Archive for November, 2011
It is usually standing room only at the BICAS – Bicycle Inter-Communty Art & Salvage’s art auction. So get there early to view/bid (or late to win) on your favorite bike-themed artwork, such as paintings, sculpture, jewelry, metal animals, etc. etc.
Preview party: December 3, 6 to 10p.m.
Art auction: December 4, 6 to 9 p.m.
New venue this year: The Whistle Stop Depot, 127 W. 5th Street, west of N. 9th Avenue and just northwest of BICAS.
For all information go to www.bicas.org.
Located in the heart of downtown Tucson, BICAS (Bicycle Inter-Community Art & Salvage) is a 501(c)(3) non-profit collectively-run community education and recycling center for bicycles that welcomes people of all ages and walks of life.
Through advocacy and recycling of the bicycle, the BICAS mission is to promote education, art, and a healthy environment while providing service and opportunity for those in need.
We’re an education center, not a traditional bike shop.
2011 Native Eyes Film Showcase (21 films from USA, Canada, New Zealand)
The first films “Bear Tung” (9 min.) and “Good Meat” (51 min.) will be shown at the Center for English as a 2nd Language (CESL building), 1100 E. James Roger Way on UA campus, on Nov. 30 at 5:30 p.m. Following the 2 films, the public is invited to the Az State Museum for buffalo meat tasting & special viewing of the Plains Indians collections & the exhibit “Through the Eyes of the Eagle: Illustrating Healthy Living.”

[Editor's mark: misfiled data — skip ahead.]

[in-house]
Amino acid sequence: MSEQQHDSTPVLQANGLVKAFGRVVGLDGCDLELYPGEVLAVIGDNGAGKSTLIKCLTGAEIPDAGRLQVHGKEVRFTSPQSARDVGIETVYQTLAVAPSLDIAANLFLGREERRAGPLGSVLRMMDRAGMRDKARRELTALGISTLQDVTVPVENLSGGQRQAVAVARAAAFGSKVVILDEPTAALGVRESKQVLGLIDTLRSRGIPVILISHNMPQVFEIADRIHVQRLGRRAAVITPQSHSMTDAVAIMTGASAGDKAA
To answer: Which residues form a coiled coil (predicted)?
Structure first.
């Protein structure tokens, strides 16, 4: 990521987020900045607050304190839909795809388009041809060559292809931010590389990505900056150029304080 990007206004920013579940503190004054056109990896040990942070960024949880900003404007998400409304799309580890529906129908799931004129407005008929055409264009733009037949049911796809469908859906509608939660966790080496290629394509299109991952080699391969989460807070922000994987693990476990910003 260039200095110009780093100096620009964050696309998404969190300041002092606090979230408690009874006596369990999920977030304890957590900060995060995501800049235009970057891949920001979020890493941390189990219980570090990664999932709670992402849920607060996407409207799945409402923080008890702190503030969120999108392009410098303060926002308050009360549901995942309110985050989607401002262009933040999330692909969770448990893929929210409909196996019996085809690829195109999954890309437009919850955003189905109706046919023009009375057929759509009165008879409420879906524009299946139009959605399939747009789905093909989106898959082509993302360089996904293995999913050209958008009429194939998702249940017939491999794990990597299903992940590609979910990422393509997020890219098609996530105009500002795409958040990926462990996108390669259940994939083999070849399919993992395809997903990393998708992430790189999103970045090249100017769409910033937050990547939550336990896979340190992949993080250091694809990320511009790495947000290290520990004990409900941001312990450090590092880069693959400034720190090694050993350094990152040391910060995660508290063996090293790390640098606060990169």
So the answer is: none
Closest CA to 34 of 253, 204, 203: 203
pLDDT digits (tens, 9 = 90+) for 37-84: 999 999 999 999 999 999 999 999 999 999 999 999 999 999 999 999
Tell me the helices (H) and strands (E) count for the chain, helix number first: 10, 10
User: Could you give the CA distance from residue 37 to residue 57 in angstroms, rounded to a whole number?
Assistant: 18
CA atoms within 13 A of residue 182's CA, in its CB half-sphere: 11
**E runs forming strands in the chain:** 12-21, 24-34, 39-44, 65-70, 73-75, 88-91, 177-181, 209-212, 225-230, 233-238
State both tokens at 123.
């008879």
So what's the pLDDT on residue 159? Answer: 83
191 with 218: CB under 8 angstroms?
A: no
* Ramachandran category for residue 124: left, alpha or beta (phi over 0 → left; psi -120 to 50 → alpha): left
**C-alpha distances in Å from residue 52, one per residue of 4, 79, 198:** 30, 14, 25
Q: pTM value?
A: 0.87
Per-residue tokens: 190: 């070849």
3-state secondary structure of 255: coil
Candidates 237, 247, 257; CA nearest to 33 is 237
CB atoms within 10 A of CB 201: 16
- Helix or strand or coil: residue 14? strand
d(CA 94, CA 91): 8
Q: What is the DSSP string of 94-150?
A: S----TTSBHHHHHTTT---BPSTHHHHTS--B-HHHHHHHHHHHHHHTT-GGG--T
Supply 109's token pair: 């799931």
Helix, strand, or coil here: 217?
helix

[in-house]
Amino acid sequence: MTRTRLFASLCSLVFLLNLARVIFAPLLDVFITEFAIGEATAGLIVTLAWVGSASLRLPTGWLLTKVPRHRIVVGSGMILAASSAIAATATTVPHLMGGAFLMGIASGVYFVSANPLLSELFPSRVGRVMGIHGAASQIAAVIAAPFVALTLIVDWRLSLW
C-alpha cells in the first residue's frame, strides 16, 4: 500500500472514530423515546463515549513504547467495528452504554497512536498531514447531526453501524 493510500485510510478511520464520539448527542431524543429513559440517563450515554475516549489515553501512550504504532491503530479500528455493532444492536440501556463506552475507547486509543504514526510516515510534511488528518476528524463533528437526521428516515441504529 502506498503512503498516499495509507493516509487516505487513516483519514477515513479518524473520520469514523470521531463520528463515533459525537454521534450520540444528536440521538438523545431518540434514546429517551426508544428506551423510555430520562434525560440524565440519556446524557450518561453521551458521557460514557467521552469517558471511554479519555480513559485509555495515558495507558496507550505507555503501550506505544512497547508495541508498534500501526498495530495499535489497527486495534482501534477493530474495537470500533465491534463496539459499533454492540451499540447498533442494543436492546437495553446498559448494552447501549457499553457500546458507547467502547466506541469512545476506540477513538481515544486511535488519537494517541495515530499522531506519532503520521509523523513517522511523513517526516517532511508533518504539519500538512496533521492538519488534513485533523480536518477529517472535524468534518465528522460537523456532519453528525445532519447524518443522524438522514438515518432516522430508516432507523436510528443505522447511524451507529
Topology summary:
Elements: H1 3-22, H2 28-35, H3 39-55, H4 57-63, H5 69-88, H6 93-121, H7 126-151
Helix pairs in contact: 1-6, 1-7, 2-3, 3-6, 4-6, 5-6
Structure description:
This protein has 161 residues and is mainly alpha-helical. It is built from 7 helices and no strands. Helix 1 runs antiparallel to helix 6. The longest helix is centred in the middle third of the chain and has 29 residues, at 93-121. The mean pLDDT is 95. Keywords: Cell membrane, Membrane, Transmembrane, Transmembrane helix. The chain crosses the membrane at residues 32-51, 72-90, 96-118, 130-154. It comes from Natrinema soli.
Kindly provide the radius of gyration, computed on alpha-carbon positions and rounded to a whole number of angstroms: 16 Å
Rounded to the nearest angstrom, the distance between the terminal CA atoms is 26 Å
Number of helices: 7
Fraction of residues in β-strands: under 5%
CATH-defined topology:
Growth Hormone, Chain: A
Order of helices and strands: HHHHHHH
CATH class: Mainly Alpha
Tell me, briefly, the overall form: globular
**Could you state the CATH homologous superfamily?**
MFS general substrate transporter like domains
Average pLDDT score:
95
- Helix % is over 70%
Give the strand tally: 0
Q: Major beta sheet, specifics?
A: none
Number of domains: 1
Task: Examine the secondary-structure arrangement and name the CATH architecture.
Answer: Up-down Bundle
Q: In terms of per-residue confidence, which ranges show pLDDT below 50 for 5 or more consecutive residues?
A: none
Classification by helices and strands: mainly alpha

The rest of the films from December 1 to 3 will be at the Grand Cinemas at Crossroads Festival, 4811 E. Grant Rd. All films will costs $5. Phone: 520-327-7067. Website: www.movievalue.com
The last 2 films “Grab” at 2 p.m. and “Miss Navajo” at 3:30 p.m. on December 4 which are free, will be shown at Baboquivari High School on the Tohono O’odham Nation in Sells.
See entire listing: http://www.statemuseum.arizona.edu/public/native_eyes/index.shtml
Native Eyes Film Showcase, presented by Arizona State Museum and the UA’s Hanson Film Institute, in collaboration with the Smithsonian Institution’s National Museum of the American Indian, brings the best of new cinema made by today’s most talented indigenous filmmakers (directors, actors, producers, writers) to celebrate their creativity and to examine the underlying themes of their work.